- Mental Health
Fight or Flight
In the Response Mode
With the recent attacks on law enforcement in Texas, shootings in Orlando, and a growing culture of violence at home and overseas, many people are afraid and in flight or fight mode. This response is a psychological reaction that happens when a person is facing a perceived harm or threat to their survival. The problem is today most of what causes this release of stress hormones is stuff such as traffic, meeting a deadline, or having to interact with a stranger. It isn't a real threat to our survival; it is just perceived that way. I have been told that too much stress can cause any illness because it lowers the immune system and makes us more susceptible to disease.
In the brain, the adrenal medulla produces a hormone that causes a secretion of catecholamines, especially norepinephrine and epinephrine. When this response happens, the body tenses up and becomes extremely alert. When people are in this state of mind they are not thinking rationally. When in this state of alarm, everything is perceived as an actual enemy even when there is not an enemy.
Symptoms of an Anxiety Disorder
- Sleeping problems
- Change in cleanliness (becoming overly clean or tidy or the opposite extreme being slovenly)
- Changes in appetite and frequent urination
- Avoidance of other people because it is too stressful to be around them
- Disengagement from parenting, working, and/ or finishing projects.
Coping Skills for Too Much Stress
The number one coping skill for excessive stress is exercise. Exercise enables the release of neurotransmitters that improve mood, burn away stress hormones and adrenaline, and wear out the muscles and anxiety among other benefits to your health. Exercise has proven to reduce anxiety just as much if not more than anti-anxiety medication. Along with exercise, getting enough sleep and staying hydrated are also very important. People who are getting the rest they need are able to cope better with stress.
Benefits of Exercise
Other Things that Lower Stress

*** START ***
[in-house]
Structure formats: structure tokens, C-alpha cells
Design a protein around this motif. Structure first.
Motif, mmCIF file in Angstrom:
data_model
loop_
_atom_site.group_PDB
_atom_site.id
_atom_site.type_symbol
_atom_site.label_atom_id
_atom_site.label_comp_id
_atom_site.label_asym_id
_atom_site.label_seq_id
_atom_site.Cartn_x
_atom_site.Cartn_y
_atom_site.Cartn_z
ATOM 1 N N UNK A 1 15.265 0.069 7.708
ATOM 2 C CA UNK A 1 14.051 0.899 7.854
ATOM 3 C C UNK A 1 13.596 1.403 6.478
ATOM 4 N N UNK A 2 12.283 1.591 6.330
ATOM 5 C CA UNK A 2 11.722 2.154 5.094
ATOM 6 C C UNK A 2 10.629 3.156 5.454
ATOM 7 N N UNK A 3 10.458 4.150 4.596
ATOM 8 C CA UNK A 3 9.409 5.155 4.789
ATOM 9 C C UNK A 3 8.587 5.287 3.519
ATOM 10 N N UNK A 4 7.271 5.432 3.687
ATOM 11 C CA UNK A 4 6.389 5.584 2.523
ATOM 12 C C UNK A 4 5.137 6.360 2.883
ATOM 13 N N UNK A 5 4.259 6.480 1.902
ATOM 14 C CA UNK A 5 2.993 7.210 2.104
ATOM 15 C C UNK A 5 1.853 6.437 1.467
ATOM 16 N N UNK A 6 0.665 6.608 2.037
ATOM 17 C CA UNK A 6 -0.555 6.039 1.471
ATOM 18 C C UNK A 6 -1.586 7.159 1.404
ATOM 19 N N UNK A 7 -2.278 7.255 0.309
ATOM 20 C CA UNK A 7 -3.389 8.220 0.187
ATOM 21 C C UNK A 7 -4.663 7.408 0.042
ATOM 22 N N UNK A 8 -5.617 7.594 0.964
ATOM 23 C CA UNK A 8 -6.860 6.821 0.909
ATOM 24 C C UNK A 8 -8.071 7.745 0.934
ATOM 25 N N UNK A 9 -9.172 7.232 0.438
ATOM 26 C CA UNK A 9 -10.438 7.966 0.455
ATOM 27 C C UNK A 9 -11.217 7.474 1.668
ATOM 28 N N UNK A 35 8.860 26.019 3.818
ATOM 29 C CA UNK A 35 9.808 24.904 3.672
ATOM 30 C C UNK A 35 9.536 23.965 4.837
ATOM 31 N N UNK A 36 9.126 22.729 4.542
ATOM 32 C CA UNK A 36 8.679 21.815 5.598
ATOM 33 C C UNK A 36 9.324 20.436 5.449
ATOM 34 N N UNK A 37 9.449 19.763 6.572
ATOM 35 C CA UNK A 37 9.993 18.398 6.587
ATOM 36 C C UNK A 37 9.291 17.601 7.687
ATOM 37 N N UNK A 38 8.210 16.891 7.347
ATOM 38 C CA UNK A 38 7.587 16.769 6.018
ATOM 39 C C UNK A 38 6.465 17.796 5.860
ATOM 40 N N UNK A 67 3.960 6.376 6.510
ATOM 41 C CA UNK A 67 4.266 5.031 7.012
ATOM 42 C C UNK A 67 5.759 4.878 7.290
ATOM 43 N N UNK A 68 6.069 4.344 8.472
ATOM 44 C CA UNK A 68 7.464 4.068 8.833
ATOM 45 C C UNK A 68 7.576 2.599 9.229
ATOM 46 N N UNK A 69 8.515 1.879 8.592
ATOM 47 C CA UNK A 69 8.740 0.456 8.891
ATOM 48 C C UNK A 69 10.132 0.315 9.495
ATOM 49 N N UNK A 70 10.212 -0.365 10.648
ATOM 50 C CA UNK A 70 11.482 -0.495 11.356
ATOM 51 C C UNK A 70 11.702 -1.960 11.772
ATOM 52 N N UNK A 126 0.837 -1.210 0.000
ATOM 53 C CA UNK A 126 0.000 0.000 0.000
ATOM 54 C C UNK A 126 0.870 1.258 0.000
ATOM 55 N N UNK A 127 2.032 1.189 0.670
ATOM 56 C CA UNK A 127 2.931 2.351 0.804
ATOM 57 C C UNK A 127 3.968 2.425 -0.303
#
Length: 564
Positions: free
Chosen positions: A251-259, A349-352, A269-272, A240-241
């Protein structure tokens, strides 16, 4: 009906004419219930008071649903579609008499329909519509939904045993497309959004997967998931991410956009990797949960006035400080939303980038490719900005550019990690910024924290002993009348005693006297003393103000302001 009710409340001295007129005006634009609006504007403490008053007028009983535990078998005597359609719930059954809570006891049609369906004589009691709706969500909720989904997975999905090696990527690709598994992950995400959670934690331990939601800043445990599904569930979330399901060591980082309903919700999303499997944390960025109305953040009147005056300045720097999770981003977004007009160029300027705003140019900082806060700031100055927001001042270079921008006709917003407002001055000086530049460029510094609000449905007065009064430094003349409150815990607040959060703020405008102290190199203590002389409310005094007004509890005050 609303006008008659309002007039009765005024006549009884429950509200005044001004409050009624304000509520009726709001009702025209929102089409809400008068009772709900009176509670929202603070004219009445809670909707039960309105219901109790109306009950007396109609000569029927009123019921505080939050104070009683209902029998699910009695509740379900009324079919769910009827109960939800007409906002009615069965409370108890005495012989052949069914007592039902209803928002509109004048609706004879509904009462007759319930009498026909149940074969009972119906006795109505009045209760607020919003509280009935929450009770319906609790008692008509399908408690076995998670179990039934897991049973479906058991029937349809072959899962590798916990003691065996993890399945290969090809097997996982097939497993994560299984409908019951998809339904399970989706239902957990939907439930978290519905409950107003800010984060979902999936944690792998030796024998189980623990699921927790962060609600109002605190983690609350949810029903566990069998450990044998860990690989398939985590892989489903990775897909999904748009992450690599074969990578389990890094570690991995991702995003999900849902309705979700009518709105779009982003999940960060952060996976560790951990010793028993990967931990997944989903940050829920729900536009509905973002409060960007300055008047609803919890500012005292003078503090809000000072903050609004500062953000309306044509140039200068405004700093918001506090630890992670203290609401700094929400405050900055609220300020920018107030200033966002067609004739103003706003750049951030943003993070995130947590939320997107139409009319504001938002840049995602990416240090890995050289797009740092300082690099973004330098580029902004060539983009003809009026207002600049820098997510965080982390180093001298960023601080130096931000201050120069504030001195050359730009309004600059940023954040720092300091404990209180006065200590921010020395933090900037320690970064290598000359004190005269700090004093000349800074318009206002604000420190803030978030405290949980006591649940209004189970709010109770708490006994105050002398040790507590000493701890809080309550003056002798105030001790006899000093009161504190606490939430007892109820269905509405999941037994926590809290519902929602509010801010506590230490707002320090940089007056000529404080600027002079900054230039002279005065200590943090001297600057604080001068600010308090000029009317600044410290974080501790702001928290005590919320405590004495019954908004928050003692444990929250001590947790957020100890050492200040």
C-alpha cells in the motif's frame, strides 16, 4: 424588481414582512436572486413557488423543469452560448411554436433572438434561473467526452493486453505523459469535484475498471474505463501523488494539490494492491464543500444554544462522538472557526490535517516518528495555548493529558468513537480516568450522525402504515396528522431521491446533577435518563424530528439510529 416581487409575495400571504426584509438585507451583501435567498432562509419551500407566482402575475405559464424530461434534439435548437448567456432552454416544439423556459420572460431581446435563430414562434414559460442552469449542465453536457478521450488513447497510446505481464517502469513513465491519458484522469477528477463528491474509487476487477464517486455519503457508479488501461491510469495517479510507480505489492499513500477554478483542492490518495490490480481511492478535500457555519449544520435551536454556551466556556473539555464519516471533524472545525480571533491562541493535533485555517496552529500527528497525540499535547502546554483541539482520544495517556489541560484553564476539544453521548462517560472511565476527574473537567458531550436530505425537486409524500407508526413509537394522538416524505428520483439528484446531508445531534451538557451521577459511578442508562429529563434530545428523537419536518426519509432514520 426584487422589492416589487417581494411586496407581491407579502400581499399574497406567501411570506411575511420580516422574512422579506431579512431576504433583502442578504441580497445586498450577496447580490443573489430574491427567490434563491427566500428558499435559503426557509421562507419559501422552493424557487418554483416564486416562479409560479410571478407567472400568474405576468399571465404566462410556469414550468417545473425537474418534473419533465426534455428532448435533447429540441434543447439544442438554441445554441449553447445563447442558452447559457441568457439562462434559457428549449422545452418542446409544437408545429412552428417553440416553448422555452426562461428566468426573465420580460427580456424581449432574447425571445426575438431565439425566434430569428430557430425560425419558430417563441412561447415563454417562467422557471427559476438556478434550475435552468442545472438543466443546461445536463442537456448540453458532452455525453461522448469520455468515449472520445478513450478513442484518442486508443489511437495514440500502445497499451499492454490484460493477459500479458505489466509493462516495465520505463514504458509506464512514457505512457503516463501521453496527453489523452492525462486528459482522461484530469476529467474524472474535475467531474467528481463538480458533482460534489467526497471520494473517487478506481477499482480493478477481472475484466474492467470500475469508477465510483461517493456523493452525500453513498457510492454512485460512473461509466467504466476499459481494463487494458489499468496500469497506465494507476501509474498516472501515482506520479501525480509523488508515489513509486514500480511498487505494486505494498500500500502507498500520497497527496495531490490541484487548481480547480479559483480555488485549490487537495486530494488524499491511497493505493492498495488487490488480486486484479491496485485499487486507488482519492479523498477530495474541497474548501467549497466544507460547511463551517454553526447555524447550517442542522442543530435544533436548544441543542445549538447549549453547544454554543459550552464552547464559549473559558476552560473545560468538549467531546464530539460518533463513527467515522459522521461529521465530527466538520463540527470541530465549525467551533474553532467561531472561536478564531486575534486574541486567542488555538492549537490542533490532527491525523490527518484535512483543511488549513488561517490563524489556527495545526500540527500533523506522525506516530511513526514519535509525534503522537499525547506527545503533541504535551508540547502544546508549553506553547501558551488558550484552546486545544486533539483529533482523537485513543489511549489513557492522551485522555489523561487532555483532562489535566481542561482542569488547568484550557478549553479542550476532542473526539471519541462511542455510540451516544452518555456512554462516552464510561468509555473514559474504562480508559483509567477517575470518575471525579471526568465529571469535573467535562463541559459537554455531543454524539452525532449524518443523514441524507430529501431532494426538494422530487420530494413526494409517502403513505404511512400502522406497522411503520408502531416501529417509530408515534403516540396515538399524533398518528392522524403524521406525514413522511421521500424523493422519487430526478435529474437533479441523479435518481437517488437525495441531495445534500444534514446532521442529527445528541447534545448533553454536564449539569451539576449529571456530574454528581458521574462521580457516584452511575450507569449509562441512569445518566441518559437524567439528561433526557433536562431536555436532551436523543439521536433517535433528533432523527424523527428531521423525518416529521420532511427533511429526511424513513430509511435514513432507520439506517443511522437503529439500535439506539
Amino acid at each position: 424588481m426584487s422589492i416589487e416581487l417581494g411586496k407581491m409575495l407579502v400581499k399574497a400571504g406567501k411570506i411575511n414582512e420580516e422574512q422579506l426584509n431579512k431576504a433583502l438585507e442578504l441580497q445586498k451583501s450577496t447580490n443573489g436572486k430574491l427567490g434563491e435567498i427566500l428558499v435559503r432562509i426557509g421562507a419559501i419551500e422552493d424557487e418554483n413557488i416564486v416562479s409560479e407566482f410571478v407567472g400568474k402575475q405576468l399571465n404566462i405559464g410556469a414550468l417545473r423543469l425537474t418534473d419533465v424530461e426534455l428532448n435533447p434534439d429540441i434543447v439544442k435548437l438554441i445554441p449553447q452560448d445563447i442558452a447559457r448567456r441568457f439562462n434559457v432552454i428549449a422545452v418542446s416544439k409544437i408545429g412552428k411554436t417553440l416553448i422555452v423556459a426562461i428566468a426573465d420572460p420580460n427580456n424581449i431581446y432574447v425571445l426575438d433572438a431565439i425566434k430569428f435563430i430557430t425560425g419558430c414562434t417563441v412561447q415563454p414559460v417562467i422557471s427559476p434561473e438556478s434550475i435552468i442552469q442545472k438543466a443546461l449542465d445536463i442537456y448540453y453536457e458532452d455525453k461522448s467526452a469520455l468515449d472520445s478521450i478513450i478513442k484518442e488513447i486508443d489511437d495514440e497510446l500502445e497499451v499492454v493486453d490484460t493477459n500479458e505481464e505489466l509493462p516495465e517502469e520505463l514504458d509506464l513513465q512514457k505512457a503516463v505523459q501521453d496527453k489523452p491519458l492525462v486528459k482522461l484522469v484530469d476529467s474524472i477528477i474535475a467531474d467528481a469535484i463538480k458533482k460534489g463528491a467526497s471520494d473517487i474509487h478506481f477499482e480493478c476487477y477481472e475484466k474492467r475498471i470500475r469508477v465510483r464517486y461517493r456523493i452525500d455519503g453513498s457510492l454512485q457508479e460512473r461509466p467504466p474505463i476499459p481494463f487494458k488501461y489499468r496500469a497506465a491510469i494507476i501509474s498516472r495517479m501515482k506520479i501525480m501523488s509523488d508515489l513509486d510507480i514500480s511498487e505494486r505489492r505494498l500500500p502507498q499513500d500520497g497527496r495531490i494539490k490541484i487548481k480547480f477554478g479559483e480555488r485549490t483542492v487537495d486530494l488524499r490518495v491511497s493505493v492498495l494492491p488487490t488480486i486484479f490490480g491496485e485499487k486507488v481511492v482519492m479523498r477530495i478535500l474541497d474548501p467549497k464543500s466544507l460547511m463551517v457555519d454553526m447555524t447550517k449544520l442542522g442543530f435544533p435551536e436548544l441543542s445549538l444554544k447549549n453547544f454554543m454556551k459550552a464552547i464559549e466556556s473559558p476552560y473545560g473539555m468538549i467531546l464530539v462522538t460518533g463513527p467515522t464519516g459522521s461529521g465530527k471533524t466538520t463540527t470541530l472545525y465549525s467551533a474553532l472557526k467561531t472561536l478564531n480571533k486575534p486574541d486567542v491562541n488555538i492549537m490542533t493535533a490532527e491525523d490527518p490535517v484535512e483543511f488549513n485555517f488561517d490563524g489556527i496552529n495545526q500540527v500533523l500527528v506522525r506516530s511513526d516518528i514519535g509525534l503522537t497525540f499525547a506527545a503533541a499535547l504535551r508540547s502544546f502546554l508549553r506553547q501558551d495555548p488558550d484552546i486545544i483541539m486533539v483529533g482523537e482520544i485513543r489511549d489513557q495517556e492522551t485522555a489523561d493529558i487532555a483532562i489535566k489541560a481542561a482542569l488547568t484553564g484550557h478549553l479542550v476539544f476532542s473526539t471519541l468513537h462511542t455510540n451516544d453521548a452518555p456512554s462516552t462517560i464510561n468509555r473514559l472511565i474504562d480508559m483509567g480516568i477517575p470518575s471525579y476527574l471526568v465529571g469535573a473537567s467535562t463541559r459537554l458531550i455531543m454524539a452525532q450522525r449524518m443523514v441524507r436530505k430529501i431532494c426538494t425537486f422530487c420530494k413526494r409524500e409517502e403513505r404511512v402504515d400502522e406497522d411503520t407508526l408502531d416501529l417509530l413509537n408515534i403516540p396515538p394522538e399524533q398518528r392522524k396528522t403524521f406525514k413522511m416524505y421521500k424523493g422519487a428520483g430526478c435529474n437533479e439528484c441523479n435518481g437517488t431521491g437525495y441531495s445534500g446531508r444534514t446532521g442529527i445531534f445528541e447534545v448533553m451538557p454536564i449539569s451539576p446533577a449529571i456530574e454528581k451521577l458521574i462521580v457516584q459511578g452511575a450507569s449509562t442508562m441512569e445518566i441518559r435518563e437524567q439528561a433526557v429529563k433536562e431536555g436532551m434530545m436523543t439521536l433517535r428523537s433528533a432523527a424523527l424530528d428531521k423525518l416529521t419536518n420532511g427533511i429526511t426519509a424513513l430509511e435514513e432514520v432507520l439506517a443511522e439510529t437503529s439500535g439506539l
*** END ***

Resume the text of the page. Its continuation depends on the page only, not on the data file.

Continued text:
- getting a massage
- listening to music you like
- yoga (exercise)
- lazy walks (also exercise)
- reading, writing, or getting your mind off what is bothering you
- social support
How to Help Manage Stress
Bad vs. Good Copping Skills
Many people who are stressed out turn to alcohol as a way of coping. The problem with this is that it is a drug that just makes you go numb to whatever is bothering you and the world as a whole. If you keep on drinking excessive alcohol and numbing yourself you start to lose the ability to cope with life's difficulties on your own or without the help of drugs and an addiction is formed. The person feels like he/she cannot live without the alcohol or other drug of choice. People are social animals. One of the biggest components of combating stress is having social support. If you are isolated or feel isolated and alienated from society, it increases anxiety and adds to the fear of the rest of the world.
Some people just can not get the social support they need. If this is the case there is a need to find a way to relax the mind and reading is an excellent way to do that. It lets the person escape from reality and focus his/her mind on something else which causes the individual to relax and wind down. It is also educational and gets the reader to think about different people, circumstances, and cultures so that he/she can better learn how to access their own circumstances. There is tons of research that points to the fact that reading fantasy increases empathy in people. A good book is Spellbound which is a historical fantasy by Megan Fricke..
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